Undoubtedly, the chapter that affected me the deepest is titled, “Something Catchy,” one which opens with a discussion about a human’s waning moments in life. Where while perched on death’s doorstep, “every passing moment is not more delicate than all the rest.” Where “you do not appreciate life more. Instead you hate everything about it.” And it is this realism blanketed in pessimism that only helps intensify the myriad of messages present in Tourist Trap. Because the numbness that so many of us feel in a world so full of the promise of sensation is the enduring hoax of modern life. A world where we are all too often forced from that one place that means the most – this very moment. “It’s such a horrible condition, isn’t it?” we are offered later in the chapter. “To be always thinking. To always be in one place with your mind in another.”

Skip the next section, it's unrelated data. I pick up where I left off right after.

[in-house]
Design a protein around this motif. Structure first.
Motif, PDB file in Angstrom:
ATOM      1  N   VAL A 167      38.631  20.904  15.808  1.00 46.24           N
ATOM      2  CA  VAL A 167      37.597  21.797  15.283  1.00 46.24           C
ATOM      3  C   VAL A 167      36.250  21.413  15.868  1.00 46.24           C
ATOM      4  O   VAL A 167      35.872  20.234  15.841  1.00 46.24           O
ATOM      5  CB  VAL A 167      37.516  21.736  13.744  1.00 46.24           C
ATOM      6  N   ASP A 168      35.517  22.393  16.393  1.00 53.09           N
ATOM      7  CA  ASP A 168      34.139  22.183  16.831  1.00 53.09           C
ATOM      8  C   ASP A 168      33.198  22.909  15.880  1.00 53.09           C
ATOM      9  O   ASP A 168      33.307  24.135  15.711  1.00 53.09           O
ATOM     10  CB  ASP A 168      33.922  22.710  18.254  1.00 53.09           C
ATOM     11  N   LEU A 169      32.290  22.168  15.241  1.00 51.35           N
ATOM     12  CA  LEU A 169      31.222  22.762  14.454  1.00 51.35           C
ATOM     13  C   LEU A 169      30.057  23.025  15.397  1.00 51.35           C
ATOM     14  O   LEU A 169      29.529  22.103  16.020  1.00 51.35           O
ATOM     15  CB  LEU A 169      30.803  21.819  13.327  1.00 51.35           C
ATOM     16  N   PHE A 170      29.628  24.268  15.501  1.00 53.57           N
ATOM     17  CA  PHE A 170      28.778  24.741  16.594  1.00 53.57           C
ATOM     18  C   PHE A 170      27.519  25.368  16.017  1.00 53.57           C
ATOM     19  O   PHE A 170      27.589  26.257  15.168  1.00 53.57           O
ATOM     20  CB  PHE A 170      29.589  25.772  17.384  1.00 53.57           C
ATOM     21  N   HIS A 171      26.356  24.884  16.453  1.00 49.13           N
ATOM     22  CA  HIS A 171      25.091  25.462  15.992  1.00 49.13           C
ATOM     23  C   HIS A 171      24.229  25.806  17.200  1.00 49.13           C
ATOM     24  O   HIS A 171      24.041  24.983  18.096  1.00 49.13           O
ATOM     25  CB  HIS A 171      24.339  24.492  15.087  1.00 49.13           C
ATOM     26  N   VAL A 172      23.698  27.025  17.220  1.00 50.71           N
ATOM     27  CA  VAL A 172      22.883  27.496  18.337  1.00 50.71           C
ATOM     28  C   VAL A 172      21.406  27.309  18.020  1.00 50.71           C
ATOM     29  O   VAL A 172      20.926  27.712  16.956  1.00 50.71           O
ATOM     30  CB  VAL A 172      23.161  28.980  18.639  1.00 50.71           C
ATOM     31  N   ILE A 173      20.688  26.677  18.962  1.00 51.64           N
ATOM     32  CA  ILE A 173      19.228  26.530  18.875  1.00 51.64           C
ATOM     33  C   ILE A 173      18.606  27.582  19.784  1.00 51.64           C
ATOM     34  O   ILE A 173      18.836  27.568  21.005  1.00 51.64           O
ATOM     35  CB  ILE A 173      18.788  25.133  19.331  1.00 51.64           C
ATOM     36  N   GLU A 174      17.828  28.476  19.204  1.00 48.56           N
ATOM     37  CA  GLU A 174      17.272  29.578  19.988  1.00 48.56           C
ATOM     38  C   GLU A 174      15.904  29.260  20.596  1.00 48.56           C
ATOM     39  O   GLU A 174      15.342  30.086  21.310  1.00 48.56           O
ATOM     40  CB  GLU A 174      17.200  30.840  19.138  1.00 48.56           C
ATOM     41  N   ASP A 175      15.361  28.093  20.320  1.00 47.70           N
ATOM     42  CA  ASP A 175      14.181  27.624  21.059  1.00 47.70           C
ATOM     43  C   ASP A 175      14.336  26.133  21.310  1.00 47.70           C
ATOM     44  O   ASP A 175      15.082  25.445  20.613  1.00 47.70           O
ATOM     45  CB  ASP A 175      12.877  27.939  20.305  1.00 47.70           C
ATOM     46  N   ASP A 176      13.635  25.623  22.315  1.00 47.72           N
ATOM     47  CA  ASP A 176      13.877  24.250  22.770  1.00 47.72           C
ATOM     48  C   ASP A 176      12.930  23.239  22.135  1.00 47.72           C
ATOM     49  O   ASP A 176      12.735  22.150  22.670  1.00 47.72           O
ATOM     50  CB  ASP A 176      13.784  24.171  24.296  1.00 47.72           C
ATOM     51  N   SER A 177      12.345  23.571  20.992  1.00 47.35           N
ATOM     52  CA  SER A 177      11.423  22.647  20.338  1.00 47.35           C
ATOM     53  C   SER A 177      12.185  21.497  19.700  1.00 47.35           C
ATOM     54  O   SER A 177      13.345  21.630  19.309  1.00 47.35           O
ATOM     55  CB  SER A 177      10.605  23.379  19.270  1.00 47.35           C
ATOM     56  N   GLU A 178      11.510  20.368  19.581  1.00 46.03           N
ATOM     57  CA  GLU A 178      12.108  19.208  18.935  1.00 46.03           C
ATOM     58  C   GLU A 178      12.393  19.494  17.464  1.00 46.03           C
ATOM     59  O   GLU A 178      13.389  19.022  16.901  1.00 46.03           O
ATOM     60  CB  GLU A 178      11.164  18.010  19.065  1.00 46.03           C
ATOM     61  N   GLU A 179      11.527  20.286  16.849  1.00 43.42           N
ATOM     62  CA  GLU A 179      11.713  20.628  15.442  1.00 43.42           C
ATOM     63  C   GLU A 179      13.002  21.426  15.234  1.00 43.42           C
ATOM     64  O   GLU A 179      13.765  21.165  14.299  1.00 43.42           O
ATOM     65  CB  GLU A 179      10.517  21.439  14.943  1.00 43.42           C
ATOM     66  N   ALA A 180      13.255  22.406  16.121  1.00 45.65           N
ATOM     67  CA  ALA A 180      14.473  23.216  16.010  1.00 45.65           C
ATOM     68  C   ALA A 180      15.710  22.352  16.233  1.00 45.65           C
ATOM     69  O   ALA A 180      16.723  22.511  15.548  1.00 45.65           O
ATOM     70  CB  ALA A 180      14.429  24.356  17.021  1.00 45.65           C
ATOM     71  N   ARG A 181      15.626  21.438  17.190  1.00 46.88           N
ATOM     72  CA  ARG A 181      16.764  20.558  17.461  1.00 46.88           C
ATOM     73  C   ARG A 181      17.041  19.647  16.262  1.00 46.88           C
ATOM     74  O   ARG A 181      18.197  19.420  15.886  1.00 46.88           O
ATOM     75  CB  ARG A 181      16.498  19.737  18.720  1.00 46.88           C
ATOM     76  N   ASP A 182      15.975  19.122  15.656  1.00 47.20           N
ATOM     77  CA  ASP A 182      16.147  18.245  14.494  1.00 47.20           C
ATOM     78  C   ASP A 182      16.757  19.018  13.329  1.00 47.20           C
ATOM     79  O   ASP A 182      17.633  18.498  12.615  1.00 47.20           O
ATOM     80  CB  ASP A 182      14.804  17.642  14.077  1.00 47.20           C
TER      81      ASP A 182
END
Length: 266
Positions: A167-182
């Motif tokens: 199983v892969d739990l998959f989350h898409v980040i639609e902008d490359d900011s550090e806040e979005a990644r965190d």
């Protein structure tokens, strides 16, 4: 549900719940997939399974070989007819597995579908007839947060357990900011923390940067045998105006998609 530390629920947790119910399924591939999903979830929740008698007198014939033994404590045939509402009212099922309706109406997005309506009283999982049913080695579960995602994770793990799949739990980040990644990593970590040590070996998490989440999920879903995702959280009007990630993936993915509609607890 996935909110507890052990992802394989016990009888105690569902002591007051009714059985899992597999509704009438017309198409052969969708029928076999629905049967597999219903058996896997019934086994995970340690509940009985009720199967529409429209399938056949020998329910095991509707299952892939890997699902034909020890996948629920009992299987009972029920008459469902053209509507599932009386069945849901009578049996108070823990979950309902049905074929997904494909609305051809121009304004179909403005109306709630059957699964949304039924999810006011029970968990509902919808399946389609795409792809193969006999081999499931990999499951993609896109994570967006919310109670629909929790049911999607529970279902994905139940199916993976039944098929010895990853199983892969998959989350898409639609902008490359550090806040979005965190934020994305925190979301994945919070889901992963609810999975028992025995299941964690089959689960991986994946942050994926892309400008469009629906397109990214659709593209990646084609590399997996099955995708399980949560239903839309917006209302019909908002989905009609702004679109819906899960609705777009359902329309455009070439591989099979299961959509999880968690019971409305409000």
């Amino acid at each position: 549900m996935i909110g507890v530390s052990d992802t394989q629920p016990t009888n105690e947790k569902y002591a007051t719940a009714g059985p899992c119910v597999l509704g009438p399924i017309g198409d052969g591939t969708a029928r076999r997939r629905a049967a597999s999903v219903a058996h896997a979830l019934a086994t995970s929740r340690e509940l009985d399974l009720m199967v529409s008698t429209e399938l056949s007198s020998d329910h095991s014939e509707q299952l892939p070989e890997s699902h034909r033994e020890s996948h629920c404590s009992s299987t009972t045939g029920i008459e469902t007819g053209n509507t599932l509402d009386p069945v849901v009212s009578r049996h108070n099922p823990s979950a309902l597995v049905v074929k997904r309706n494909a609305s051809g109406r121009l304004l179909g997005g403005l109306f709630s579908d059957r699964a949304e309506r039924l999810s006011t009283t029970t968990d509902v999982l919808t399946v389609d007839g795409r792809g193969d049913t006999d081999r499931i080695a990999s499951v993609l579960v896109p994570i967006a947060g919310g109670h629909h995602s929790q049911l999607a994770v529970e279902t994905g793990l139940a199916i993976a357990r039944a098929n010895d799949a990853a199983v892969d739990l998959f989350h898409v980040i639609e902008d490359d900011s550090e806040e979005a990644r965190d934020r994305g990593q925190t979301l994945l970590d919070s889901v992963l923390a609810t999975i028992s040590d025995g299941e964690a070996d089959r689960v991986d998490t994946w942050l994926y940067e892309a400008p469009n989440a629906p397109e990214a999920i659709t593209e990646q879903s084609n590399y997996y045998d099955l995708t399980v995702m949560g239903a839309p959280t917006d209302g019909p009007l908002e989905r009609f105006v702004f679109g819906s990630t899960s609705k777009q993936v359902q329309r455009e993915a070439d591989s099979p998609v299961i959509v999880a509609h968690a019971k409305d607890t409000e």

While constant stimuli and distractions come under the gun in Tourist Trap, an unlikely but notable threat comes to the forefront: boredom. Through the analyzation of the motives of nefarious terrorists and also civilians just trying to make their way in the world, searching for a measure of meaning, Campanioni suggests that possibly apathy and idle hands (“the bombs and the boredom”) are gravely responsible for so many of the ills in the world. That a sort of privileged despair is underlying far too much hurt, and that in an effort to craft a life out of the pallet of existence, and under the newfound demand of making that life consequential, attractive, and celebrated, clouded decisions are made that are self-centered and unrighteous. In the west, abundance and the comfort of the modern age have birthed the idea of “free time,” and with that a choice of how to fill in this newfound blank space. Unfortunately, far too few decisions are made with the greater good in mind.